Book Review: Forts & Palaces of India | Forbes IndiaTarun Chopra is an internationally acclaimed photographer who has produced some of the most stunning photographic art books on India. Each book of his has been a commercial success story in itself, with some titles well into their tenth edition. Art connoisseurs from across the globe collect his photographs. At present, Tarun is working on a project called Threads of Compassion, for which he is travelling around the world and interviewing and photographing world religious readers in their own habitat. Enter your mobile number or email address below and we'll send you a link to download the free Kindle App. Then you can start reading Kindle books on your smartphone, tablet, or computer - no Kindle device required. Would you like to tell us about a lower price?
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This book is a homage to the tremendous architectural heritage of India. The building of forts and palaces has always been regarded as a symbol of dynastic pride. These grand structures witnessed the rise and fall of many a great kingdom in medieval India. There are hundreds of forts in different parts of the country. A vast number of these forts survive in sheer ruins, rendering it extremely difficult to identify the structures within.
India has a rich cultural past reflected in its innumerable forts, palaces and other monuments which abound not only in architectural splendour but intriguing.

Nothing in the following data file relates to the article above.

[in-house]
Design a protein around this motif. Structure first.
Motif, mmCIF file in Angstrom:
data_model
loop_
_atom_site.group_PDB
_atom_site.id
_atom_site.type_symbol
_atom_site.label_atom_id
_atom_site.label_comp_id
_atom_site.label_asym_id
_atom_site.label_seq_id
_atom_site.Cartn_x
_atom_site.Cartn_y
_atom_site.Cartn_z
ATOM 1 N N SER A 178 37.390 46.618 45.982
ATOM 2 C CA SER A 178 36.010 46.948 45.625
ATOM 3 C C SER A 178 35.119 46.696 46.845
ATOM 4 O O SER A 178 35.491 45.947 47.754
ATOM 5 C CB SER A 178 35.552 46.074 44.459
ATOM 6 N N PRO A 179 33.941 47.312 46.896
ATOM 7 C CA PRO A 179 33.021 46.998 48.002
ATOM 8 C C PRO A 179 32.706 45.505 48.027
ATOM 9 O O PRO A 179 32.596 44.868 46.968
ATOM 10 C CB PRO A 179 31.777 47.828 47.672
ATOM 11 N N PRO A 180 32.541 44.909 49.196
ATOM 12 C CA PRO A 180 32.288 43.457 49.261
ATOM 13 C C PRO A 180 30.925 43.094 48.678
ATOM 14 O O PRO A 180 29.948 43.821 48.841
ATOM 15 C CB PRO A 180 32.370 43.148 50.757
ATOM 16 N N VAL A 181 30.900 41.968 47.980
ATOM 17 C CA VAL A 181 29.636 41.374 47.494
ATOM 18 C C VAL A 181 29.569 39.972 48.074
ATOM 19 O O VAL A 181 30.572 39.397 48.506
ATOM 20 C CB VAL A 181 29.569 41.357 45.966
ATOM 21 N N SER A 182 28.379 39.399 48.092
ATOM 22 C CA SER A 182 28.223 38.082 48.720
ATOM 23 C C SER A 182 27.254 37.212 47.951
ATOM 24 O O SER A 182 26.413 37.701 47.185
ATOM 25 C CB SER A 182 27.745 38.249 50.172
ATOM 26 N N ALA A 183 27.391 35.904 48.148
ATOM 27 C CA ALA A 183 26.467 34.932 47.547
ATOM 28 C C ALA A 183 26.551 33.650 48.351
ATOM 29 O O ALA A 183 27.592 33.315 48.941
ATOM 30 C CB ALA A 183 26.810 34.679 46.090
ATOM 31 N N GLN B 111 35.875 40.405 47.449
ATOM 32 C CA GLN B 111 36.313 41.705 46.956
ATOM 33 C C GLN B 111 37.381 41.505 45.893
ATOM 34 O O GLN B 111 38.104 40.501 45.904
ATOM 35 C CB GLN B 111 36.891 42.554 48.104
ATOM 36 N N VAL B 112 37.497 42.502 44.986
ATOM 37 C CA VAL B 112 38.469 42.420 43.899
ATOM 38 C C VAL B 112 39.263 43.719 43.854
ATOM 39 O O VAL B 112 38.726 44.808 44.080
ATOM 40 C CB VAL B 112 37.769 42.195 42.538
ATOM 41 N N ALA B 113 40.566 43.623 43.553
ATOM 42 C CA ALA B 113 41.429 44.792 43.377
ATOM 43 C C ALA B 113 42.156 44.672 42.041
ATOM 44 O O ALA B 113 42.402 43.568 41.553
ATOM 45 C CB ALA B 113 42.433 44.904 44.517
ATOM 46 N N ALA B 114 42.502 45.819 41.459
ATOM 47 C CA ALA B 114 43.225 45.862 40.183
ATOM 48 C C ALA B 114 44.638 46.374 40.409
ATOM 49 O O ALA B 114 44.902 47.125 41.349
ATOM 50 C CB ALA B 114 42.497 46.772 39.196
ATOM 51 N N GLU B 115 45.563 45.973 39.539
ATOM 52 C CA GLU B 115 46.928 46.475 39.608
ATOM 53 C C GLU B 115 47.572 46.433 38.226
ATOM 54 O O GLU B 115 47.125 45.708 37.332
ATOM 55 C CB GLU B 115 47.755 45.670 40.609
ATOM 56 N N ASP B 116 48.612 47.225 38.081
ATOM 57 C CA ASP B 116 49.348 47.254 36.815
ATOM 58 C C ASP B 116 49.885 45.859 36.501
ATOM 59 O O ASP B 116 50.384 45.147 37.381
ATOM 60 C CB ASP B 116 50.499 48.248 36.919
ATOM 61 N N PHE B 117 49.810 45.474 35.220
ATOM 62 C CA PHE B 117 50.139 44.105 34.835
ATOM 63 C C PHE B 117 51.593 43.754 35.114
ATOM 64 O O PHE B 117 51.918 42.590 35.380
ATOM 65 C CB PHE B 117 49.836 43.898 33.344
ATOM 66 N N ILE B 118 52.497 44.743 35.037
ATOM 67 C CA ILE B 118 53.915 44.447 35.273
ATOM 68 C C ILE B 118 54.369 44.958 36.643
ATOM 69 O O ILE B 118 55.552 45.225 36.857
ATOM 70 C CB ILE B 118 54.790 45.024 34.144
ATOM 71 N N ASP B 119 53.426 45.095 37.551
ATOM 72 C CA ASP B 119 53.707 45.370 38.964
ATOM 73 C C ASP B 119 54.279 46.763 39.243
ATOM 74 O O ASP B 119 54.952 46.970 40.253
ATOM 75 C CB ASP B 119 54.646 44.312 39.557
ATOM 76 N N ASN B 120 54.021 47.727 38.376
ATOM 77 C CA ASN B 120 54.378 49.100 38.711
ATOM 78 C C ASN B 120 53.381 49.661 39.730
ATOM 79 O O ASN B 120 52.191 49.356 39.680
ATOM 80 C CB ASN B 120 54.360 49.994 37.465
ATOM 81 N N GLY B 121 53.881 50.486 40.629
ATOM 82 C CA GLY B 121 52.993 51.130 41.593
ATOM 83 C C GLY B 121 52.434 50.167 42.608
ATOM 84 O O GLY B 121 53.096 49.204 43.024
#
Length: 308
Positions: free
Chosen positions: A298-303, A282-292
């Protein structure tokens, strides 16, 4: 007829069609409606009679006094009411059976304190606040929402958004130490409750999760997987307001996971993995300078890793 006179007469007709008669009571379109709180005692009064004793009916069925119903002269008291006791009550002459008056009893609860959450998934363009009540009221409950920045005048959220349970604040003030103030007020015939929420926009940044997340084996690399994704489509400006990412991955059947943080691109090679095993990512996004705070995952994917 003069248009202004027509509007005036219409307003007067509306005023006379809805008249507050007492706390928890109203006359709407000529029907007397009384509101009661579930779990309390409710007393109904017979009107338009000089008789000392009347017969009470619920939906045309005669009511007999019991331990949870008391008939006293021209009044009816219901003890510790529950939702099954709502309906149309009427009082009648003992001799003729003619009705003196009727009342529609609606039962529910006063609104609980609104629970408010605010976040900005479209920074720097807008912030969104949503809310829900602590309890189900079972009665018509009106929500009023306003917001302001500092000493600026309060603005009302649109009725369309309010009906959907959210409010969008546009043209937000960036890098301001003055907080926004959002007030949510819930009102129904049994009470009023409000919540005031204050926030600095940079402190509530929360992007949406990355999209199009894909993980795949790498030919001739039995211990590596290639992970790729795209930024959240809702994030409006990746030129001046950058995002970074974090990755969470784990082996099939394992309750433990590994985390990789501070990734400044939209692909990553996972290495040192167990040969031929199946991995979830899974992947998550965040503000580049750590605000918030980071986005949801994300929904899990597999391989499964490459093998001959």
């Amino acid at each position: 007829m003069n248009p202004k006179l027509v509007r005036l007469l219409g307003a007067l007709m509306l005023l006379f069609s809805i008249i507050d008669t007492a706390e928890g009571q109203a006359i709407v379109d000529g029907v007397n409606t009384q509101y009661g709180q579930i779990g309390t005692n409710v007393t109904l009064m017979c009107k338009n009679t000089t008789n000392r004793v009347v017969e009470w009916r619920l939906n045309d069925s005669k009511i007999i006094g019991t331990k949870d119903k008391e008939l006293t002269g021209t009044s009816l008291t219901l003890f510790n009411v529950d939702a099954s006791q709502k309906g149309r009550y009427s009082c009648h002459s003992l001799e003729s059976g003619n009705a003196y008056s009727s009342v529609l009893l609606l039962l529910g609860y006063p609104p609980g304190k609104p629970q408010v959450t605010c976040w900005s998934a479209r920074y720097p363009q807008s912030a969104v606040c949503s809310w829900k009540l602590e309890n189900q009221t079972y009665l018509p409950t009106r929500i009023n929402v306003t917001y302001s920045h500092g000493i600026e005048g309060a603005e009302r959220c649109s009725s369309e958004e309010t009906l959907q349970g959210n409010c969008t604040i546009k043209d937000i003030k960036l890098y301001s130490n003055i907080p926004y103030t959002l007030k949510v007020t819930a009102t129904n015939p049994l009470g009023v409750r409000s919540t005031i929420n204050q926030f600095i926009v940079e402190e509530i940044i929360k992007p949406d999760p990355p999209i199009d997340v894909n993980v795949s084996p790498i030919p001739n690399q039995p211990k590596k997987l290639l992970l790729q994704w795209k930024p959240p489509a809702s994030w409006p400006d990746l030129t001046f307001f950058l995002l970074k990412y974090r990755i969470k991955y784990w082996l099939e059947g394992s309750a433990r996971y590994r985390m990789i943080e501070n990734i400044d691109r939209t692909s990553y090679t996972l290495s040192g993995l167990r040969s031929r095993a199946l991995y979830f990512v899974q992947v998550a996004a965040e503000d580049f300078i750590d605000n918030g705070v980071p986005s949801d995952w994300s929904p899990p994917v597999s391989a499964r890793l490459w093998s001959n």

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The 13 days Forts and Palaces tour of India is an eclectic treat to your eyes introducing you to the timeless cultural heritage of India. Retrace the history of India with a visit to its beautiful cities which hold special place for boasting magnificent monuments.
Cant, Ph. Tauris, He has written extensively on various other subjects. Skip to main content. Imperial India: A Pictorial History.
Not only beautiful, the fort included clever engineering feats that enabled it to last for centuries. With 84 bodies of water 22 of which still exist , the fort featured a sophisticated water system interconnecting the reservoirs so that there was always an ample supply. The City Palace, once the royal residence is now a plush hotel in Rajastthan. Famous for its terraces and pavilions, this entry featured the vivid colors and decoration typical of the fort. It is amazing to realize that work on the old palace Juna Mahal in Dungarpur started in With many intricately painted walls in a variety of styles, it is a museum-like residence that author Amita Baig likens to mansions in Italy such as the Palazzo Pitti in Florence. In the mid 18th century, following the decline of the Mughal Empire, the Nizams emerged as powerful and wealthy.